Using a clear, plastic bowl, make your favorite Jell-O gelatin flavor following the package instructions for adding fruit. Add your favorite gummies; bears, sharks, worms. Chill until set. You can also use small clear plastic cups for individual servings.

Fruit Smoothies

1 cup yogurt
½ cup fruit juice
Fruit of your choice
Ice
Granola

Mix together all the ingredients except the granola. Top with the granola if desired. You can even add peanut butter. The choices are only limited by your imagination!

Pantry Trail Mix

This is a great time to clean out the pantry of all of those left-over snacks and cereals that aren’t really enough for a serving and no one wants to finish. Try mixing pretzels, nuts, Cheerios, raisins, M&M’s, goldfish, cheese crackers, chocolate chips. Mix them up and place in snack bags for individual servings.

Let us know how you are staying cool. Please feel free to post responses on our Facebook page.

Snow Days: Then and Now

How many of you remember as a child how exciting it was when the television announcer declared the schools were closed today due to ice and/or snow? As a child, I remember sitting in front of the television and monitoring those storm systems the second the weatherman announced the possibility of any form of wintry precipitation. I spent some of my childhood in Ohio so snow has not been a scarce commodity for me. However, it is still exciting when the white stuff falls. I remember as a child my mother waking us up in the middle of the night so we could view the wintry precipitation. We would play outside all day. We lived at the top of a large hill and would spend hours upon hours sledding down this hill on various types of sleds; a real one we brought from Ohio, metal trash can lids, cardboard, whatever we could find. We would come in for a hot lunch, then go back out to build forts and have a snowball war.

Now, as a parent, the term “snow day” has several other connotations and I closely monitor those storm systems for very different reasons.

Fear

  • I usually still have to trek through this stuff to get to work and the biggest challenge is avoiding all the other people attempting the same thing

Extra Housework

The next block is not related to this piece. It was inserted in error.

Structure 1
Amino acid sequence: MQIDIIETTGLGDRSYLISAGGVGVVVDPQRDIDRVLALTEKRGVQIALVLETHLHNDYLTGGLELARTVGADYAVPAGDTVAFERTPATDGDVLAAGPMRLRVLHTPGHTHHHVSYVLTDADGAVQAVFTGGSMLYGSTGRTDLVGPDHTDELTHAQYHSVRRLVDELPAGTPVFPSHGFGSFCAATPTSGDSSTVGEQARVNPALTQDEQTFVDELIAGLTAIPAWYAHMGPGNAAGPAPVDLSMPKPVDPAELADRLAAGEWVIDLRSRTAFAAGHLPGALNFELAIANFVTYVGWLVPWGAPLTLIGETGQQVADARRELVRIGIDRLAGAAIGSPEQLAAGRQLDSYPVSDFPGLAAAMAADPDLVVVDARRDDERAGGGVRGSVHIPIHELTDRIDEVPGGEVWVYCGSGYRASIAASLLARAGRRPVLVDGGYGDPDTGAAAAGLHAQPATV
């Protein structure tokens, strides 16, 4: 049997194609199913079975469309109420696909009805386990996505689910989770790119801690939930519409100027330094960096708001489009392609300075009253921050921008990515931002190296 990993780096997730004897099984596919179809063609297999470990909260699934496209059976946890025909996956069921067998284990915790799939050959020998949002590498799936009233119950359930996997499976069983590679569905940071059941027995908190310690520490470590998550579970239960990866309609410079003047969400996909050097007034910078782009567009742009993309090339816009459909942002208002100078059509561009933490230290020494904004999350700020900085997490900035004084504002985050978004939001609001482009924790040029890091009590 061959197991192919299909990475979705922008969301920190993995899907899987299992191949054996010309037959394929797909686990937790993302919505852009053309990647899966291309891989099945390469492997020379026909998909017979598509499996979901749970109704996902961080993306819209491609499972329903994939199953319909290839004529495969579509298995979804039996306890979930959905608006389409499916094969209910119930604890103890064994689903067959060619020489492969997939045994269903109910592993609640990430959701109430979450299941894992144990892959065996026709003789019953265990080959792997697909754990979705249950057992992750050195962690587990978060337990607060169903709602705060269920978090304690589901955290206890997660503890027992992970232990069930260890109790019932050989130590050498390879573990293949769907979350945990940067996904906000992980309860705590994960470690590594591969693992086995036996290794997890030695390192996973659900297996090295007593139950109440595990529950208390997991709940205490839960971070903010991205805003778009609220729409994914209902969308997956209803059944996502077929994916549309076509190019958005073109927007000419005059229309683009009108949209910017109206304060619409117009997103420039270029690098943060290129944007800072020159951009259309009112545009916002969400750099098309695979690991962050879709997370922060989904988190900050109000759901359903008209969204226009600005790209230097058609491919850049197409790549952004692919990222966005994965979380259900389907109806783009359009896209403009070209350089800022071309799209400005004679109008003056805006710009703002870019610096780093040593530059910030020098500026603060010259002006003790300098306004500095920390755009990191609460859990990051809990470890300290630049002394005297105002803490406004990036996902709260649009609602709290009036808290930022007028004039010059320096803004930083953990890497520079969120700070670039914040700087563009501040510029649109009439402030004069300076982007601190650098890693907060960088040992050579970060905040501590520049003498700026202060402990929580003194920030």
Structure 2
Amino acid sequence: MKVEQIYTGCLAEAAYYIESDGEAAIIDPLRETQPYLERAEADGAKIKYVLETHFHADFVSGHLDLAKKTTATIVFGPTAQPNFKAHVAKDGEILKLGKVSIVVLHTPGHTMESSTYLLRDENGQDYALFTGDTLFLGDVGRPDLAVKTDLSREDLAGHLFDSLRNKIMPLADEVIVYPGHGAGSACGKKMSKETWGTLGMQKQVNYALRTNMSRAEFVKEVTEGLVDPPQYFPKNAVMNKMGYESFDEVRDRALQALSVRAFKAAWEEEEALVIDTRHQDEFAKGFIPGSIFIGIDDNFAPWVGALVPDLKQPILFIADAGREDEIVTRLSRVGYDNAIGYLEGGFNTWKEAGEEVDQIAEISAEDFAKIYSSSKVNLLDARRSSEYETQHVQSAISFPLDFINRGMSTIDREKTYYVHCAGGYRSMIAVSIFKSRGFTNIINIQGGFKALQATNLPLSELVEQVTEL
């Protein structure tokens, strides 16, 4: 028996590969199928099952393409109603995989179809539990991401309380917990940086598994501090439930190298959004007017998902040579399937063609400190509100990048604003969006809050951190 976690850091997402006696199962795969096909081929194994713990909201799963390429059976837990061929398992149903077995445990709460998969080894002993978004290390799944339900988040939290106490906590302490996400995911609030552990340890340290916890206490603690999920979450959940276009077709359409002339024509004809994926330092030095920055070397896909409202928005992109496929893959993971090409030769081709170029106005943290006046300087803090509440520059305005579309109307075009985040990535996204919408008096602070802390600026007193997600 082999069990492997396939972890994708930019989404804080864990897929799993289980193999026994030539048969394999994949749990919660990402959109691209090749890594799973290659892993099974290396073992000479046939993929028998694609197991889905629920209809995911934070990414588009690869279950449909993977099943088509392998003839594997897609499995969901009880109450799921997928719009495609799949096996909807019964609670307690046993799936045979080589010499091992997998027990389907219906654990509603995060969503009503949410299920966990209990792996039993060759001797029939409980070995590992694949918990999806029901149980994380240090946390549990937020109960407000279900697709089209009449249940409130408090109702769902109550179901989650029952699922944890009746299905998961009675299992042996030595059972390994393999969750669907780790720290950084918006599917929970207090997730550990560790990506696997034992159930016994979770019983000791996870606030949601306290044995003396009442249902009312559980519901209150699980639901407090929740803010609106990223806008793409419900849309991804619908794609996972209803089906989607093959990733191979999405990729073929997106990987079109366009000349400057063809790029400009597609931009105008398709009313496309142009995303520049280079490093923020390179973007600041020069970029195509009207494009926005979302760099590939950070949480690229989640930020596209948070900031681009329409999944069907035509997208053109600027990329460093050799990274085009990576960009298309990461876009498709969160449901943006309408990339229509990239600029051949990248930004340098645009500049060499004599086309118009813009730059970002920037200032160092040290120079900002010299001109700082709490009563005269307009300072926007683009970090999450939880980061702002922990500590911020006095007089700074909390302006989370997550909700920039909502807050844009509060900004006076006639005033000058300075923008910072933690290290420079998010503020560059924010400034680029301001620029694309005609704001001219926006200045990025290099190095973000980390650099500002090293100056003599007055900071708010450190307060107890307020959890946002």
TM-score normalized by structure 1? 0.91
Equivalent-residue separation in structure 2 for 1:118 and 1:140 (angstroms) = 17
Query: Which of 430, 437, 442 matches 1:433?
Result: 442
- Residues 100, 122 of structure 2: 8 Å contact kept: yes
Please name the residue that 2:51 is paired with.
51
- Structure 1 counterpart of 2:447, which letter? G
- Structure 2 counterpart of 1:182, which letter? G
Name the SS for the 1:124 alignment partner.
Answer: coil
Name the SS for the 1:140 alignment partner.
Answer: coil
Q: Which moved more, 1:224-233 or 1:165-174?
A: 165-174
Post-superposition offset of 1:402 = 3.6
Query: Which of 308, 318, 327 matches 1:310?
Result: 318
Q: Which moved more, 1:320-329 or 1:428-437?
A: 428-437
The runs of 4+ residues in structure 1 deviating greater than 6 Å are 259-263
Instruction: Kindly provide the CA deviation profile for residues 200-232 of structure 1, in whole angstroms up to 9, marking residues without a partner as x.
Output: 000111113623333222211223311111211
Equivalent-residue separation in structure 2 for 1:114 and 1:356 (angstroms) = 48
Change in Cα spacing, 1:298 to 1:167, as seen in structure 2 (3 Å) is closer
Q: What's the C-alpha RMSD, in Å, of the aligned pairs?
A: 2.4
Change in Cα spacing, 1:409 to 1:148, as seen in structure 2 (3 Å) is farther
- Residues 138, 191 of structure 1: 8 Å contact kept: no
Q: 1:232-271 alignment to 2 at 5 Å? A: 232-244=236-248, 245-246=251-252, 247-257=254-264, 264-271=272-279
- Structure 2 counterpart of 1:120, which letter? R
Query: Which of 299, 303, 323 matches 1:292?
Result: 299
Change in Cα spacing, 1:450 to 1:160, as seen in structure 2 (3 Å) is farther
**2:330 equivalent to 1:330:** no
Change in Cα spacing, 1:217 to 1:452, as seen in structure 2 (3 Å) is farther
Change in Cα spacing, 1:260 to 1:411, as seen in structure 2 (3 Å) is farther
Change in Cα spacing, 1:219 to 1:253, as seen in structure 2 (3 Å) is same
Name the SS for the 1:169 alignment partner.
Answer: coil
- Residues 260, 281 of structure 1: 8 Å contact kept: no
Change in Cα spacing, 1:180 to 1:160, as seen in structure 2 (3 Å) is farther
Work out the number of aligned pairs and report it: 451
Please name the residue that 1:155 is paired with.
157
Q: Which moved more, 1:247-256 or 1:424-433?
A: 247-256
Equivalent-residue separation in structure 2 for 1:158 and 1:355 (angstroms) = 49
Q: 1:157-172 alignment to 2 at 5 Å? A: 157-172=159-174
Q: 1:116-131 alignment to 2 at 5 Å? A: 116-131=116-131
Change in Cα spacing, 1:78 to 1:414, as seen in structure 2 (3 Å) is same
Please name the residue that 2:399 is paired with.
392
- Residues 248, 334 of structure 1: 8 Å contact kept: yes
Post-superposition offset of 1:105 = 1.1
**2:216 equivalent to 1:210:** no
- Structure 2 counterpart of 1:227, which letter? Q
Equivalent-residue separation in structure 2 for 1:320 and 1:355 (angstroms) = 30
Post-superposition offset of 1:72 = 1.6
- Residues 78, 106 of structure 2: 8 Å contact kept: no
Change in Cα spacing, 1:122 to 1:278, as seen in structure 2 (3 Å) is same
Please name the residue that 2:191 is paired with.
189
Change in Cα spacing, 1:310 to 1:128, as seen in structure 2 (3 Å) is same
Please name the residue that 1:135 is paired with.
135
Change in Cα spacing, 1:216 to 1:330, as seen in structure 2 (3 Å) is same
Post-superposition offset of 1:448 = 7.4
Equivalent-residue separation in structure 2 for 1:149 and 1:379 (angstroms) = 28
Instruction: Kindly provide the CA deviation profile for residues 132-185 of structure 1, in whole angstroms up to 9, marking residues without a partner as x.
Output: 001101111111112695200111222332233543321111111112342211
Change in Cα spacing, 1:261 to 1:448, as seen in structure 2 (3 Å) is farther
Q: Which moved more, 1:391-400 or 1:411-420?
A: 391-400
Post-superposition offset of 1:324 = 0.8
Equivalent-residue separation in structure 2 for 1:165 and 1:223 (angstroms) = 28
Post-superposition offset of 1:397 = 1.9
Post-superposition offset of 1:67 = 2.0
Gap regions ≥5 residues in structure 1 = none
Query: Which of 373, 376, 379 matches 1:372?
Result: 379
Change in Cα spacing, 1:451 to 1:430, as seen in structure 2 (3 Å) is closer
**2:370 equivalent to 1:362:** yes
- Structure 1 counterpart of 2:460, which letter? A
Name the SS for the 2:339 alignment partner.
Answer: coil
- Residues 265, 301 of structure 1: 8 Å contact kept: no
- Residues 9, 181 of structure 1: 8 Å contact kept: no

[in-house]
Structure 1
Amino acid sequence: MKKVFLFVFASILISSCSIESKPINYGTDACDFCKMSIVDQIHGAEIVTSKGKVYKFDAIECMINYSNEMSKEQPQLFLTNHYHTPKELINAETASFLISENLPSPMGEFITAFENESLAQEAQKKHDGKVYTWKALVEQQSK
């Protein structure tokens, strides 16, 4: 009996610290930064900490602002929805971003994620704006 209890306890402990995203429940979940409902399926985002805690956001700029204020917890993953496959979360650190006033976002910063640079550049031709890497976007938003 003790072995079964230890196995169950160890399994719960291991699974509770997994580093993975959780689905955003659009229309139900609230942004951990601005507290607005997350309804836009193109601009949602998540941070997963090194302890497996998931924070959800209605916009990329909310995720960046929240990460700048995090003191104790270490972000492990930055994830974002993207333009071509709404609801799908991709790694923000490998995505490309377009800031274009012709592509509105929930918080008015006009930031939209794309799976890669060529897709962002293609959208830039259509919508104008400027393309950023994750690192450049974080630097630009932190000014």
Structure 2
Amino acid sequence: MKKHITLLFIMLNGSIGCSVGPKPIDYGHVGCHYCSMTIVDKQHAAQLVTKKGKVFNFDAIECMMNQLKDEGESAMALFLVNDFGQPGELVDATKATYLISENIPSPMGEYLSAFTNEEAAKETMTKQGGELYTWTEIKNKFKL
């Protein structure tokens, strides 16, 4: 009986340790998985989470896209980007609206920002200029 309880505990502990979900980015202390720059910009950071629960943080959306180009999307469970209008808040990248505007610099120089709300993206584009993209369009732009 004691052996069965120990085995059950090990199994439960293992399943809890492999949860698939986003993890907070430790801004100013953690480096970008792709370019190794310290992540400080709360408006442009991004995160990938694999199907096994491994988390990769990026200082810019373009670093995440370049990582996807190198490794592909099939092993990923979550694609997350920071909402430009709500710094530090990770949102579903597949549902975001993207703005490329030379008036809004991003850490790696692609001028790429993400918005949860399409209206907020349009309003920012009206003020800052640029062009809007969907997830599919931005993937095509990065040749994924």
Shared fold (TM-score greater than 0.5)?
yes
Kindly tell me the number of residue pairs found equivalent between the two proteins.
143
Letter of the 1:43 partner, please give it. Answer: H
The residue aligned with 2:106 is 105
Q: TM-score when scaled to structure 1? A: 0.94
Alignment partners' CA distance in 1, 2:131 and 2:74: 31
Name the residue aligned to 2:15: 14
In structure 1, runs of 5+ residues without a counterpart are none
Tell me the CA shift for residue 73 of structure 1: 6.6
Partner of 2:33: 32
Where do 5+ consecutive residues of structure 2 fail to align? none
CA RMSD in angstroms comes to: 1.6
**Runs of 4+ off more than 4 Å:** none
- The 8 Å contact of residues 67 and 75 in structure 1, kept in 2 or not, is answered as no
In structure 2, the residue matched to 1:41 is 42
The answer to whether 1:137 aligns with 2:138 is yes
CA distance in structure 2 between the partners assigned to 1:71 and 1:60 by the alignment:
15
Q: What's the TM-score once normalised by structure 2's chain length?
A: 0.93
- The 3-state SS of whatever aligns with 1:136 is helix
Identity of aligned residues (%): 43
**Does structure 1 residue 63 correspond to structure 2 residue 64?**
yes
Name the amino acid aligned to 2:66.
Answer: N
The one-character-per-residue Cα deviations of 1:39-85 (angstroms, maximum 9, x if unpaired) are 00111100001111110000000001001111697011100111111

• Laundering all those extra wet clothes, gloves, ski bibs
  • Cleaning up all the mud and snow that gets tracked throughout the house by both child and dog; which really makes me glad I have laminate flooring now
  • How many times have you stepped on wet snow in your stocking feet this past week?

Stress

  • What about cabin fever, when it is too icy for the kids to get outside and play?
  • There is only so much paper in the house to color and make into paper dolls, which does not expend all that wonderful energy kids seem to generate
  • Hoping your kids don’t get sick, knowing they will because you don’t have easy access to health care
  • Hoping the current food supply will get you through this event knowing your kids will eat anything that isn’t nailed down
  • What if the electricity goes out? We have a fire place and camping equipment so eating is not so scary any more but, how will I dry my hair?
  • Knowing the amount of work that awaits your return to the office

Relaxation

  • I find it very relaxing to watch those flakes fall. It is very quiet. This is an opportunity for me to just sit and enjoy nature and experience her many emotions.
  • I get to use the excuse “I couldn’t get out of my driveway” so I don’t have to run those errands that continue to stack up regardless of the weather situation outside
  • I like when I actually get to sit at the kitchen window and watch the interaction of the birds and squirrels around the bird feeder (animals are hilarious)

Family Time

  • Now that my children are older, these days mean that we are all together, in the same building, at the same time.
  • There is no running to the Taco Bell down the street to unlock a car because someone locked the keys in it and left the car running
  • We cook together; from scratch
  • We clean together; teaching your kids that you cannot stuff the wet snow clothes in the closet
  • We play together, teaching your children the fine art of building a snowman, then finding vegetables you know no one will eat for the final touches
  • Spending time finding items in your garage to slide down the driveway on, helping to build ammunition for the neighborhood snowball fight, watching the wonder in your child’s face when they find the longest icicle ever and now your freezer is fully stocked for the winter

Yes, the words “Snow Day” has many different meanings now. What did it mean to you? Share your meaning and experiences with us on Facebook.

Drinking Your Calories